Bondora, a peer to peer lending platform with pan-European aspirations, has shared their opinion on the regulatory environment in Europe. According to Bondora, “regulating alternative finance is a fraught issue across Europe”. But there is an exception to this rule. The UK, and the Financial Conduct Authority (FCA), has created a “gold standard” of robust regulation.
Bondora is correct. Followers of internet finance widely applaud the approach taken by the British authorities. In a world populated by politicians, driven by polls & egos, and bureaucrats that run for cover at the first sign of controversy, the Brits have managed to get it right. Bondora states;
“[The UK regulatory regime] is widely seen as the gold standard in Europe, and may offer a model for other geographies to create legislative frameworks to support the customers and stakeholders of alternative finance as the industry grows and develops.”
The measured approach exemplified in the UK remains in contrast to the patchwork of rules scattered across the continent. In a world where funds move easily across borders, there is a need for a more harmonized pan-European approach to internet finance. While the intent may exist within the European Commission the execution risks falling short of the mark.
“The alternative finance sector, in many ways, was born out of the loss of consumer trust in mainstream financial institutions during the global economic and financial crises of 2007-10. Practically, the regulations imposed on banks in the aftermath created a capital shortfall which alternative finance was able to address; while emotionally, in a market lacking credibility and trust, alternative finance stepped into the banking space as a more human way to access capital and grow investments.”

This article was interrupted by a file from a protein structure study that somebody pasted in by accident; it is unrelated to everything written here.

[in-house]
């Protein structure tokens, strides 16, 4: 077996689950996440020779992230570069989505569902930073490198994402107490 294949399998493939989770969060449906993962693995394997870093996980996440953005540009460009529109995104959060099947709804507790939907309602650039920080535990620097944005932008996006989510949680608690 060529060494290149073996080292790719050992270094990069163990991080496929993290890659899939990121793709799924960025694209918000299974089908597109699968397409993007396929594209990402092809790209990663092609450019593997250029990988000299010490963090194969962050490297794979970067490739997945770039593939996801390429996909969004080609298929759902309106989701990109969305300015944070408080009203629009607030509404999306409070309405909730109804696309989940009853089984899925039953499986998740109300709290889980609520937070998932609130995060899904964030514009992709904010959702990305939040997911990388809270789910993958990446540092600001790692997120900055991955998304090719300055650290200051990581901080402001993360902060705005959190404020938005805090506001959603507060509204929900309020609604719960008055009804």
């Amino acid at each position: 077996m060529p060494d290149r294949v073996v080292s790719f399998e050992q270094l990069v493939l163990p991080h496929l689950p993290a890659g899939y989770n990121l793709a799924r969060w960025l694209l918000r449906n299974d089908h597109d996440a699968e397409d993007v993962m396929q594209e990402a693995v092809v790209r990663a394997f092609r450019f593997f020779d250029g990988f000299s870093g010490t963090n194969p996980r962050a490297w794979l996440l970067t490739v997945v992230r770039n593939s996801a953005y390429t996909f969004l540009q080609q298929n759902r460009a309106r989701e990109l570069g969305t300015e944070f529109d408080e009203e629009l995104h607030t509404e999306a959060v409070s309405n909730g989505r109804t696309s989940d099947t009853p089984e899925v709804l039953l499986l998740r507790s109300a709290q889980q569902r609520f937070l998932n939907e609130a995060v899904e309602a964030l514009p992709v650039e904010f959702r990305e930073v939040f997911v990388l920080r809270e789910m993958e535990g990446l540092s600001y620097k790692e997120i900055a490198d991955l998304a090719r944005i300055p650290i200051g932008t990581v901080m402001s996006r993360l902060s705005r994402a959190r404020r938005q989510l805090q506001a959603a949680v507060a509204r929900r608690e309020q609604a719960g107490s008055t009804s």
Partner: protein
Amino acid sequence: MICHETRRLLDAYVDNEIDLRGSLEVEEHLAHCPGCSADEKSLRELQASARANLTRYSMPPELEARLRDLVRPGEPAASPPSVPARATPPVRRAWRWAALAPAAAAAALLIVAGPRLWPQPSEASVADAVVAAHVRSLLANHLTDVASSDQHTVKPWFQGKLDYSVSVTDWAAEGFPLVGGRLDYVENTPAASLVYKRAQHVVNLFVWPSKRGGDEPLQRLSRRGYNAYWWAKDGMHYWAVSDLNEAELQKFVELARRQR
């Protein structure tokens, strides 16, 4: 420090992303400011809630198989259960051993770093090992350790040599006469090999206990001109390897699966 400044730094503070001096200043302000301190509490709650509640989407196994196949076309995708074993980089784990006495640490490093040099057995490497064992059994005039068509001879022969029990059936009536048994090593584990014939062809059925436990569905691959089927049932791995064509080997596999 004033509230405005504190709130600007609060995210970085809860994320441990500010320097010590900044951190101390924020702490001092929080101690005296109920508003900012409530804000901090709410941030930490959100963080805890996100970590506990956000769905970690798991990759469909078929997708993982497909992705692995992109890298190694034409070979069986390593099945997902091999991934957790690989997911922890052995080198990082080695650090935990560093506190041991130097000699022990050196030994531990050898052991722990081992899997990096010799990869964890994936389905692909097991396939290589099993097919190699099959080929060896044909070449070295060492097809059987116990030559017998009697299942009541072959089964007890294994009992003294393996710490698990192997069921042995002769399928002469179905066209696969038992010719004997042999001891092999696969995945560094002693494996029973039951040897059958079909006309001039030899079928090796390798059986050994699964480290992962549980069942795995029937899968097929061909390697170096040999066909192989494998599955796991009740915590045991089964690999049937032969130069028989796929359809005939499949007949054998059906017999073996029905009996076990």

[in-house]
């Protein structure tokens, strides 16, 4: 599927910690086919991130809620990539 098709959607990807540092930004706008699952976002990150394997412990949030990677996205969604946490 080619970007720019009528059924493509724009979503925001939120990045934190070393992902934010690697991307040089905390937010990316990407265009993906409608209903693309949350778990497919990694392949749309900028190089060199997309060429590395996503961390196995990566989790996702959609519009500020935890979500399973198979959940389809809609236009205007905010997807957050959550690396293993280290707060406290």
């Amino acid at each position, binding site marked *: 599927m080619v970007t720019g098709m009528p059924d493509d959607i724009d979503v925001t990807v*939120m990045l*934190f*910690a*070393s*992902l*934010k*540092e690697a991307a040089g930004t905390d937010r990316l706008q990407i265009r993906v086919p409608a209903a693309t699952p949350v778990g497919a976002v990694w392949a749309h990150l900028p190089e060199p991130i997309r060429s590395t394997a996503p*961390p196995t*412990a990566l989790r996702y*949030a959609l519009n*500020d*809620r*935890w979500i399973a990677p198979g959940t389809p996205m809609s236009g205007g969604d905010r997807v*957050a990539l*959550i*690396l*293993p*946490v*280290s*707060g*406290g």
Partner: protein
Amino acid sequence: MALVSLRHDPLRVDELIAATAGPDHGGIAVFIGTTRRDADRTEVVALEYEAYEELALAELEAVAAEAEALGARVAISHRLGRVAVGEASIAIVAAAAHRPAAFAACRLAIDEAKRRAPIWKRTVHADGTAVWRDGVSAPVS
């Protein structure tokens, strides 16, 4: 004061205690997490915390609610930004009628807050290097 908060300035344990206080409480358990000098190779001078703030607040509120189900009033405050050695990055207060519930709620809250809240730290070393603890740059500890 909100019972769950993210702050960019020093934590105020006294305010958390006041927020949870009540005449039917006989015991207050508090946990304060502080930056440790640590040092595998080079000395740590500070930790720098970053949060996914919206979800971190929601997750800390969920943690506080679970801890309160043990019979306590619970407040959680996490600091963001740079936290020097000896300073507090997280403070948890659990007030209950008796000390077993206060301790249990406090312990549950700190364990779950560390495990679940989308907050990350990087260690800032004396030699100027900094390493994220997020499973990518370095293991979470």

Bondora, as do all other industry participants, expects and demands regulations for all forms of new finance. The financial crisis was not the best moment for many nations as politicians rushed to create new rules targeting the financial sector.
Bondora operates in multiple European countries and has been approved by the FCA. The online lender believes the FCA has charted a path – that others should follow;
“…The exception to the rule is the UK, where the Financial Conduct Authority (FCA) implemented their world leading regulations of crowdfunding and alternative finance in April 2014. Under these regulations, platforms are required to demonstrate that they have sufficient financial and non-financial resources to operate, and check customers’ understanding before allowing transactions. Additionally, the regulations ensure that platforms market their investment products only to those who are taking regulated advice, who are classed as ‘high net worth’, or are committed to investing less than 10% of their available funds in this vehicle.”
Bondora is also of the opinion that excessive regulation at the European level may impede industry growth. While there will be bumps along the way, creating an ecosystem that allows an efficient market to develop while providing security to participants is a tall task. Recent headlines regarding TrustBuddy, and its rapid collapse, highlight the risk. But the fault of one should not condemn the many.
The FCA is quite cognizant of the importance of their approach. In contrast to most financial regulators around the globe, the agency’s mandate is to balance investor protection with a requirement to foster competition. This is because it is in the best interest of consumers. Perhaps it is this mission of competition that is the variable in the equation that makes things work?
In 2016, the FCA will complete a full post-implementation review of the crowdfunding market. We hope the results will be as encouraging as the review published earlier this year.
FCA Review from February 2015
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